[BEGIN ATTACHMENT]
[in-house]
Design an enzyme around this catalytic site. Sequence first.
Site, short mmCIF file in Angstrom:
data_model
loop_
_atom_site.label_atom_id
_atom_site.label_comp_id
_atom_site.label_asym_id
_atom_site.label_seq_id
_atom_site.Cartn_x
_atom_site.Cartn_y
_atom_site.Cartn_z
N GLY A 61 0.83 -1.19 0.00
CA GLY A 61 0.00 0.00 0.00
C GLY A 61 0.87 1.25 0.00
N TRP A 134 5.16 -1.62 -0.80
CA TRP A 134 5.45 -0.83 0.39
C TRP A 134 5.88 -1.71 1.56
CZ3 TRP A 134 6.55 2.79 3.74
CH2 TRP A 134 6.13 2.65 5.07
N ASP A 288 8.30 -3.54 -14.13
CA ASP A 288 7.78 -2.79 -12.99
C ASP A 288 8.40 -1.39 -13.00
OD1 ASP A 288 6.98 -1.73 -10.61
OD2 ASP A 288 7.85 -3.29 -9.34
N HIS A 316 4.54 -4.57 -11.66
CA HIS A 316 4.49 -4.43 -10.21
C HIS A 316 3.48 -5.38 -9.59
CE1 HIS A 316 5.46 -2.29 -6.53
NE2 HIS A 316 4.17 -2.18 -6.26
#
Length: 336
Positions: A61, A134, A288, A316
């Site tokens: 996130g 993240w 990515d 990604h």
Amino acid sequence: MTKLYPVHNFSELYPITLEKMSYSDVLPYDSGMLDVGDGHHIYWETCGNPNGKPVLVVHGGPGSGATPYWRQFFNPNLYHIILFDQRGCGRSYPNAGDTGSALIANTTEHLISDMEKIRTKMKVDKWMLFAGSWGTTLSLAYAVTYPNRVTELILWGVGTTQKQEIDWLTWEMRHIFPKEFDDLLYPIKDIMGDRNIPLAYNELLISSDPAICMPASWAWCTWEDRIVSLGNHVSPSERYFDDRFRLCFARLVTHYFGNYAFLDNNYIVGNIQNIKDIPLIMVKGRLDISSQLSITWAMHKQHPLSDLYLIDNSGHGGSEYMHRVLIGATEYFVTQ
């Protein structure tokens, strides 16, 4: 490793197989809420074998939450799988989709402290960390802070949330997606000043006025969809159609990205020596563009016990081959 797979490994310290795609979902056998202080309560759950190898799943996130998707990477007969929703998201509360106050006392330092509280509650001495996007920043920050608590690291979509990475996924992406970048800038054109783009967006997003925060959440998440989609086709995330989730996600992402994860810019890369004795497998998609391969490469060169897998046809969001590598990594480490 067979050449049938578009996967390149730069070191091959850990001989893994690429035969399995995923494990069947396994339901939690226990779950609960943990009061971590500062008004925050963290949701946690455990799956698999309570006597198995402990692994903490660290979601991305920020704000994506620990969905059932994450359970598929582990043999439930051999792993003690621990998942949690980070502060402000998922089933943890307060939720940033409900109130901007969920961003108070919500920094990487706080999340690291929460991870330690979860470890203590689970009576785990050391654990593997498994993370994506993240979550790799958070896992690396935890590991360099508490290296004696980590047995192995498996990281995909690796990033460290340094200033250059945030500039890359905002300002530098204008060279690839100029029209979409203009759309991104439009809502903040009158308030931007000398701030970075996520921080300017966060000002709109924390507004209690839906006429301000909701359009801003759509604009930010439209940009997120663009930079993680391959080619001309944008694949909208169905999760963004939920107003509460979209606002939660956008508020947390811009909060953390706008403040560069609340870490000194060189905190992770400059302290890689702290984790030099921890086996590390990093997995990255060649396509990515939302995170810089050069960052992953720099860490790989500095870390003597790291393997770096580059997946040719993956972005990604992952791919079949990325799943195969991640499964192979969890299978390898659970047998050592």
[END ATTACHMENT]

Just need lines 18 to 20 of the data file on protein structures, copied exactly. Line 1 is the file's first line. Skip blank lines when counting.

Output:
C TRP A 134 5.88 -1.71 1.56
CZ3 TRP A 134 6.55 2.79 3.74
CH2 TRP A 134 6.13 2.65 5.07